Condensation Myths and Truths

Condensation is a question frequently brought up by potential customers and is really quite a tricky one to tackle. This is because most people have absolutely no problem at all, some people a small problem and some people have a big problem.

In our experience condensation and any attendant mould formation is in the normal course of events only an issue for long term storers. There are of course exceptions when what is being stored has to be considered. We would consider six months or more long term storage. Condensation can be an issue especially during the winter months due to the wide temperature variations.

All the storage units at Whiteball Self Store are insulated with layers of PU foam which greatly mitigate the possibility of condensation but there are also ways that you can help protect your property.

The unit will be dry when you put your goods into storage so where does the moisture that forms condensation come from?

Our household effects hold a lot more moisture than we think. Some houses more than others, an obviously damp house more so again.

During the wide temperature changes of winter months any moisture in your household effects will evaporate into the air within the unit on warm days. When the temperature lowers again, the moisture will settle out onto the coldest surfaces particularly metal. Households, with day to day movement of air and central heating, normally see little or no effect from this moisture dispersion but this can become an issue in a relatively sealed space when there is no way for the moisture to escape.

Here we should also touch on the lack of air movement within a unit. If you have ever stored clothes in a suitcase for long periods of time you may have noticed that they can begin to smell musty. One can get a similar reaction particularly in an older house where a room is very seldom used and kept shut. A unit can be akin to a large suitcase in this matter.

Moisture attracts mould. This can grow on organic surfaces and make fabrics smell musty. After long periods of storage the chances of visible signs of mould or moisture increase and you should be prepared for this.

Steps to help protect from condensation

1. We offer a dehumidification service. This will help reduce the available moisture in your goods.

2. Store your clothes in vac bags available from shops such as Argos.

3. We recommend the use of plastic storage boxes (Supermarkets often stock these) where you can. After careful deliberation if you are planning to store for any length of time we no longer recommend the use of cardboard boxes as they will attract moisture over time. For short term use they are acceptable.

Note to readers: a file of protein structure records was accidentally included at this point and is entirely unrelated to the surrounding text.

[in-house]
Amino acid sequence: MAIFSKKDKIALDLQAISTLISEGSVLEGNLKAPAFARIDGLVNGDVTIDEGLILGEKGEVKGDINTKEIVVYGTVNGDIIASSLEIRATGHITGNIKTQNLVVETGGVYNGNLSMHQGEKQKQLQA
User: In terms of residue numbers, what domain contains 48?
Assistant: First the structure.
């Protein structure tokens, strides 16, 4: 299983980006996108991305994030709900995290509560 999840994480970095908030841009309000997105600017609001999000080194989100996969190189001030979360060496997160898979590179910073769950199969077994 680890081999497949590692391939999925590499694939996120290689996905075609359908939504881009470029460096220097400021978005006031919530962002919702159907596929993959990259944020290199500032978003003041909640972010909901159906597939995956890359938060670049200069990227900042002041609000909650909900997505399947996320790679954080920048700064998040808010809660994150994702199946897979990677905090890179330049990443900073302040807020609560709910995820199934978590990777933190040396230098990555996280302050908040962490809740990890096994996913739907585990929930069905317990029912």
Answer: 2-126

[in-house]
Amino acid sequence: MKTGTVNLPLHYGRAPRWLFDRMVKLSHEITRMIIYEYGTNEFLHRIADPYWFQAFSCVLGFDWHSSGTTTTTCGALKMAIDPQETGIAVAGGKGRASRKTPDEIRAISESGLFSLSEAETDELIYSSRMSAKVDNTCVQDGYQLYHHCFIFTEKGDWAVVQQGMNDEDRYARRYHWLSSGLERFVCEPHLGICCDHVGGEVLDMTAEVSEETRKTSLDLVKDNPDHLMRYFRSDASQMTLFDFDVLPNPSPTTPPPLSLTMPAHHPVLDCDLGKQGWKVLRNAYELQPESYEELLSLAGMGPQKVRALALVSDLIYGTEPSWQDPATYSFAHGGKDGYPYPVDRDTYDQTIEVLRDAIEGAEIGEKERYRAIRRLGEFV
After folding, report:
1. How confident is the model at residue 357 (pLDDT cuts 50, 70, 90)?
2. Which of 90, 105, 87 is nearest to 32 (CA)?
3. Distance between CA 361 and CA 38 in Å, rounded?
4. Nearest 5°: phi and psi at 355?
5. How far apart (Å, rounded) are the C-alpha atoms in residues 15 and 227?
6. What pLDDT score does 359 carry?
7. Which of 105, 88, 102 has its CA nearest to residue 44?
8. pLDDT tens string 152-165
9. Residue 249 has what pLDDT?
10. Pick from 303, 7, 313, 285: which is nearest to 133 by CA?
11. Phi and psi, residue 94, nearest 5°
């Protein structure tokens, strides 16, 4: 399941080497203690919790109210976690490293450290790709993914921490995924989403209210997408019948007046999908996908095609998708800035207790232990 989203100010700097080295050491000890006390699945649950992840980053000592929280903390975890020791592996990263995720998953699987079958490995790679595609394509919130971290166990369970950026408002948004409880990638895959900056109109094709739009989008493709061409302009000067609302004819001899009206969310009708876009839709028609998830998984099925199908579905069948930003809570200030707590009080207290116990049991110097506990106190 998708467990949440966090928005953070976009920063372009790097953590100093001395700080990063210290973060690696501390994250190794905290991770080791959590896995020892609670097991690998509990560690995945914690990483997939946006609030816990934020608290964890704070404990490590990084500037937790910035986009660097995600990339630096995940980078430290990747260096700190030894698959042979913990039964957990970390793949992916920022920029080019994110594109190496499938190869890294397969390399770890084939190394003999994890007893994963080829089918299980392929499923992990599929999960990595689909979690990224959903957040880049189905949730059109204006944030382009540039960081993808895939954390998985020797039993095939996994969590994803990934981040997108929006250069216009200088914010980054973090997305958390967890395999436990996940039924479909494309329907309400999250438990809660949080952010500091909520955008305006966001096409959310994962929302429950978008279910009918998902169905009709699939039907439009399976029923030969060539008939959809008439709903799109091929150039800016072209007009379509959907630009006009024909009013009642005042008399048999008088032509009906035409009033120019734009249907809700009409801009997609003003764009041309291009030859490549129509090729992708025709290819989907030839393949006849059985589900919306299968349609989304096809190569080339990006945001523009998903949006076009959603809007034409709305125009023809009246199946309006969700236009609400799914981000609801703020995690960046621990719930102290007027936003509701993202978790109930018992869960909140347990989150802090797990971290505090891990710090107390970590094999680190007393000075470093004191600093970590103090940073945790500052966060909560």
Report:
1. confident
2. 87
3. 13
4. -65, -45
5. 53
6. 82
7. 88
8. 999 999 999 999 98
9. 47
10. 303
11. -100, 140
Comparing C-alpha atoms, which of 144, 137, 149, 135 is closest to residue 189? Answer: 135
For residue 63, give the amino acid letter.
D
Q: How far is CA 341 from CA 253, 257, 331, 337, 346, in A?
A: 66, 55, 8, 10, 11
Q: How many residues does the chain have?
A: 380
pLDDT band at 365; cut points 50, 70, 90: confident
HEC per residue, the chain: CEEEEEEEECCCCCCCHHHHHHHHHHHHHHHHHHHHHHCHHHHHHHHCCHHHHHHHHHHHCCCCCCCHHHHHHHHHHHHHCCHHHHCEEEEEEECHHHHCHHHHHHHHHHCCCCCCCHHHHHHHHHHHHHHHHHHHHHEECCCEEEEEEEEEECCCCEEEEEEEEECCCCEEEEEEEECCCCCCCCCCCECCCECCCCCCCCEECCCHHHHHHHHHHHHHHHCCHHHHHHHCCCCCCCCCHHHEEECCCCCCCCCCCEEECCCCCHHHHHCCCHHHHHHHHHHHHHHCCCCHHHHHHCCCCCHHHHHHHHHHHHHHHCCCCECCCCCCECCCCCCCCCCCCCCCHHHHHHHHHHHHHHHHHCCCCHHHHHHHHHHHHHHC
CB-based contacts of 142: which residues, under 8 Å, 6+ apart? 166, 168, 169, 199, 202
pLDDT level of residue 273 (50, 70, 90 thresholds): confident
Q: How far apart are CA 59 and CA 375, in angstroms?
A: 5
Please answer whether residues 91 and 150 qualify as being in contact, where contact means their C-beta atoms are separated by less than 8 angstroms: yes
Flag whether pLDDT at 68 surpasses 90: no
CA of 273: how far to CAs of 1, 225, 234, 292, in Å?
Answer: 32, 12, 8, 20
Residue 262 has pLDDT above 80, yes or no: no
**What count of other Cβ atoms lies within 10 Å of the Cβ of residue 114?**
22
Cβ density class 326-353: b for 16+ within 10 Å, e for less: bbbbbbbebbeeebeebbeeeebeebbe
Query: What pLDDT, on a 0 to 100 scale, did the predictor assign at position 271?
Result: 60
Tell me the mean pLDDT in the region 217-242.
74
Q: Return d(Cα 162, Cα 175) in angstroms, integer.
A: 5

4. If you are planning to store for a long period, keep soft furnishings and all other items that could suffer from condensate effects from touching dense objects particularly metal and the walls of the unit. In the back 1.5m – 2m of the unit place your goods that have legs. We do not recommend polythene mattress covers as they can trap any moisture from your mattress within it.

5. Storing garden furniture or garden shed contents within the unit will exacerbate any potential moisture issues as these items almost always contain significant amounts of hidden moisture. It always helps to find a friend who can story your garden furniture and implements in their garden during your move.

6. Ensure your white goods are thoroughly dried before you put them into store.

7. If the day you move in it is raining please ask for dehumidification.

8. Check your unit on a regular basis and please ask for dehumidification if necessary.

We would never recommend storing your goods for any length of time in bare steel units or units with low quality insulation.

One last point:

If you are planning long term storage think very carefully what you plan to store and how you plan to store your goods. Storage in insulated steel units is a great value way to store your goods compared to the individual units in buildings. Our prices are frequently less than half the price of individual units in buildings. You need to way up the pros and cons of both types of storage for your needs.

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